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Parish Life blog: Humanity v barbarism

Fr Andrew Hamilton  |  29 July 2019

The Feast of the Transfiguration of Jesus on 6 August celebrates a story of possibility.

The glory of Jesus as the Son of God was revealed to his disciples on the mountain. The glory of the humanity that he had taken on was also revealed, and with it the unique value and the destiny of each human being.

This feast of possibility is now indelibly linked to another event of negation. On 6 August 1945 the atomic bomb was dropped on Hiroshima, an event of hitherto inconceivable darkness. It marked the worthlessness and expendability of each human being in modern warfare.

The conjunction of the two commemorations is rightly challenging. It marks a choice between humanity and barbarism, between a vision of human beings as disposable cogs in someone else’s machine and as persons to be respected because of their inalienable value.


The respectful choice has been embodied in the fragile cooperation between states to protect people seeking asylum, to build their relationships on trust and negotiation, to negotiate mutual disarmament and to make care for the world and for people who are disadvantaged a shared commitment. The brutal choice has been embodied in the insistence on self-interest as determinative of relationships between nations, the exclusion and punishment of people who seek protection and contempt for the environment and people who are disadvantaged.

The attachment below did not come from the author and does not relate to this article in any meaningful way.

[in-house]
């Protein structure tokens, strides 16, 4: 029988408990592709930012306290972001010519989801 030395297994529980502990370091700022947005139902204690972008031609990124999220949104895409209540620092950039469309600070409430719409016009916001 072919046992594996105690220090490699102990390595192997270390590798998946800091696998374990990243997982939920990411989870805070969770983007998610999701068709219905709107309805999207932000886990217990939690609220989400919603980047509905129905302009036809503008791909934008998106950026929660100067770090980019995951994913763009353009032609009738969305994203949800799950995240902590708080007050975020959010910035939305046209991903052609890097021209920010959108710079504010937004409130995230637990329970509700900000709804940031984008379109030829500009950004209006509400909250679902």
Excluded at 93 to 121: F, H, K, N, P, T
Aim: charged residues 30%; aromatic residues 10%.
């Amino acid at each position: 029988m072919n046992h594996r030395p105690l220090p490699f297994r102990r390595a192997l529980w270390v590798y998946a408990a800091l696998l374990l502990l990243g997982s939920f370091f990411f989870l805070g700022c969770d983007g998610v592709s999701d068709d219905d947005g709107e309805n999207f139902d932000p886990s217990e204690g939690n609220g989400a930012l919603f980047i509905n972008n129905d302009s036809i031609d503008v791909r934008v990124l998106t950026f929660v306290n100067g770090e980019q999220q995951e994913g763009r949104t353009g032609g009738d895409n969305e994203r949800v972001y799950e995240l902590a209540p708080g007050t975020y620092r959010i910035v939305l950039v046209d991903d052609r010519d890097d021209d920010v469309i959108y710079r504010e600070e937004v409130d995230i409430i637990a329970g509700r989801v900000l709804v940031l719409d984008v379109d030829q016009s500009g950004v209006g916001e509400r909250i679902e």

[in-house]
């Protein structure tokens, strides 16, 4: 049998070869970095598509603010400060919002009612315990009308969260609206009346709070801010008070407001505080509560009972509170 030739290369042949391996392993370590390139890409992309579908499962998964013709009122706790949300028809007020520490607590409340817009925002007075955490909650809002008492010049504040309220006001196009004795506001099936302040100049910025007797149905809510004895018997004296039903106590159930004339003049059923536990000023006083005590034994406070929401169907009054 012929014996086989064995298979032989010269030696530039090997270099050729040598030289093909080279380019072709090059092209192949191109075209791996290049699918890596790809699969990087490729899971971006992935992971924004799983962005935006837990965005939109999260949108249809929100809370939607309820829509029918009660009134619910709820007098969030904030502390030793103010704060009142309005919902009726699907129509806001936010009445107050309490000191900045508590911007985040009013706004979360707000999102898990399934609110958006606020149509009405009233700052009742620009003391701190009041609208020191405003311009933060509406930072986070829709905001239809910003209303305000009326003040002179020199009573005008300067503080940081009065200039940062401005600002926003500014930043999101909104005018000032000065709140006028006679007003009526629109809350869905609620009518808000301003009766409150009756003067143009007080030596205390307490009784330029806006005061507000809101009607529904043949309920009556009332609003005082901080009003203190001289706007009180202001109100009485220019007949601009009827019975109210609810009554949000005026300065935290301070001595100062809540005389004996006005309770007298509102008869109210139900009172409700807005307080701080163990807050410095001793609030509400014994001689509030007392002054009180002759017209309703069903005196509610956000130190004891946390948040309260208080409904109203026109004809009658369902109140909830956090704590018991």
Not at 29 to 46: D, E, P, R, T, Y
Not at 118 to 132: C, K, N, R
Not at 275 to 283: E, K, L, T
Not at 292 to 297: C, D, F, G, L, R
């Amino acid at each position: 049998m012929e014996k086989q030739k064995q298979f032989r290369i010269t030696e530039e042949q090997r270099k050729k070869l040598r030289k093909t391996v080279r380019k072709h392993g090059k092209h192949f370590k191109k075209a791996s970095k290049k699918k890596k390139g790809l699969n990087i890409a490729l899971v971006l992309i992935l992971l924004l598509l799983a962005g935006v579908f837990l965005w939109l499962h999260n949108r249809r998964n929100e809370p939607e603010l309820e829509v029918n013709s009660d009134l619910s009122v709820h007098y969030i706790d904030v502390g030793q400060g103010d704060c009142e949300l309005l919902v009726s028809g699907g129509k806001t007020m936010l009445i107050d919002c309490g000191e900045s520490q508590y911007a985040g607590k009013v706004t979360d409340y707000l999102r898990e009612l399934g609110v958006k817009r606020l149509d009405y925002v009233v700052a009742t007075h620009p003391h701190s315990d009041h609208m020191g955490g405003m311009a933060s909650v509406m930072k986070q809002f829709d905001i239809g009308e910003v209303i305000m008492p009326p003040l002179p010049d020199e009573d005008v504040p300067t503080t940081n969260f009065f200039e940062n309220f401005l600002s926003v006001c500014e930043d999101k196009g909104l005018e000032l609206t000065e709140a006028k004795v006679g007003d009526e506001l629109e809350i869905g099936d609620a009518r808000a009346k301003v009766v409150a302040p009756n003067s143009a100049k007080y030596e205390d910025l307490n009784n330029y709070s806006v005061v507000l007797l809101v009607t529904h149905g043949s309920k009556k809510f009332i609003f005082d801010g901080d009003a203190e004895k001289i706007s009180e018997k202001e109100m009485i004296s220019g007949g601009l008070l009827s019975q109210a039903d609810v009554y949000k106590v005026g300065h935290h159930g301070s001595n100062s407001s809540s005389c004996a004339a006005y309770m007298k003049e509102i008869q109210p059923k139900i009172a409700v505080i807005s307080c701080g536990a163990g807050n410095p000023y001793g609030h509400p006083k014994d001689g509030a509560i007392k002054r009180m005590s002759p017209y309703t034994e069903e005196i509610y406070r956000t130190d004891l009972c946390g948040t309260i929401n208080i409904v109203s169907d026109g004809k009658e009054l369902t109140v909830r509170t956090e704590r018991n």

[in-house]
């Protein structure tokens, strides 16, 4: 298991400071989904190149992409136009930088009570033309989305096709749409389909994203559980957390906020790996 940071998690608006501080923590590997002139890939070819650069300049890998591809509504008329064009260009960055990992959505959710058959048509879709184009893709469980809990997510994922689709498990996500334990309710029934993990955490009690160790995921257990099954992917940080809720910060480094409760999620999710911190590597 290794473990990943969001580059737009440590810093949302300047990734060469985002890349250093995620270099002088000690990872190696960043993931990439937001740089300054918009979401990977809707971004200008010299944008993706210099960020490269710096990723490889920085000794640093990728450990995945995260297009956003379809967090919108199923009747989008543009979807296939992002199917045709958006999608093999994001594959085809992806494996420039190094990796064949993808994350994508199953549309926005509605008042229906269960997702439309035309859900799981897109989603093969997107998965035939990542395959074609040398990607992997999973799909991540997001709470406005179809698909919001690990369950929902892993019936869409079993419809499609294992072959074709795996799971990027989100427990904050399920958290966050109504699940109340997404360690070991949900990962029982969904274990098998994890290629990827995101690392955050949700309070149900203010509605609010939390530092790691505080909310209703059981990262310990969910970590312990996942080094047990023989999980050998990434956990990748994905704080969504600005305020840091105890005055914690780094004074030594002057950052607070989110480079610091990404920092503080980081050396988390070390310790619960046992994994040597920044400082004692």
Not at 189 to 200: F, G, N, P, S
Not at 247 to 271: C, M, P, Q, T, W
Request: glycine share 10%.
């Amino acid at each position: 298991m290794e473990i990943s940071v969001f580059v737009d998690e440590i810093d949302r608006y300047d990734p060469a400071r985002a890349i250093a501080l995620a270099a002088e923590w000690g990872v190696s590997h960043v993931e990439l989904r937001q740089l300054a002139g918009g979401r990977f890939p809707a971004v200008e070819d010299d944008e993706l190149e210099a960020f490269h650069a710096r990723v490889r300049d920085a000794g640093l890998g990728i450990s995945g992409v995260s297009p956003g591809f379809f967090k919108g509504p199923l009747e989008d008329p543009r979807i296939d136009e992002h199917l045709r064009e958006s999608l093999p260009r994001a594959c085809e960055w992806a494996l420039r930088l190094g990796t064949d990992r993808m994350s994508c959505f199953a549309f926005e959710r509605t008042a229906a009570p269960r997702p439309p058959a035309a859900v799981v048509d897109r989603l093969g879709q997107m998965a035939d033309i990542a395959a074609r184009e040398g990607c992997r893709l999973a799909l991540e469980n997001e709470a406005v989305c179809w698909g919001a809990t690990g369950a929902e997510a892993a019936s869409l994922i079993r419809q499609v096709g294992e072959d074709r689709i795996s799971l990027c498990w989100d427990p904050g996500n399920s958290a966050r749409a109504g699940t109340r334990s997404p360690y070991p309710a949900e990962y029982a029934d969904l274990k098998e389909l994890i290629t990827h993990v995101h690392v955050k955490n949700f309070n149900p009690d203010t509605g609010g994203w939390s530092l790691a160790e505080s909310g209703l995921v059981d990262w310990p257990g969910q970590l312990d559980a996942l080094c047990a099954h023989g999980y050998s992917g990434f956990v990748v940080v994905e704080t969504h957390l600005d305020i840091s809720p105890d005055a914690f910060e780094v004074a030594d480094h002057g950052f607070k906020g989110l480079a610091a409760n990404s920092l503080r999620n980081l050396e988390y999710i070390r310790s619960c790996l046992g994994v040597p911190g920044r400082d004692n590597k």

In societies the choice between humanity and brutality is cyclical. The commemoration of Hiroshima, however, indicates the heavy risk attached to cycles. The devastation there covered a radius of 14km. The strongest thermonuclear weapon tested since destroyed the earth for 100km around the explosion, an area greater than that of any Australian city.


If in international relationships there is no space for the restraint that respect for persons and the claim of harmony place on the actions of individual states, the long-term proliferation of nuclear weapons will be irresistible. The likelihood of them being used by inadequate and unprincipled national leaders against putative enemies will grow correspondingly.

The terrible light of Hiroshima is a warning. The joyful light of the Mount of the Transfiguration is an invitation. On the mountain Jesus gathered with representatives of Israel’s history and with his disciples who saw his glory. They were then invited to go down the mountain in hostile times to follow him in recognising the reflected glory of each human being and inviting them into Jesus’ company. This was a way of community, courage and love.

Image: Hiroshima Peace Memorial Park. The park, in the centre of Hiroshima, Japan, is dedicated to the Hiroshima legacy as the first city in the world to undergo a nuclear attack. Getty Images


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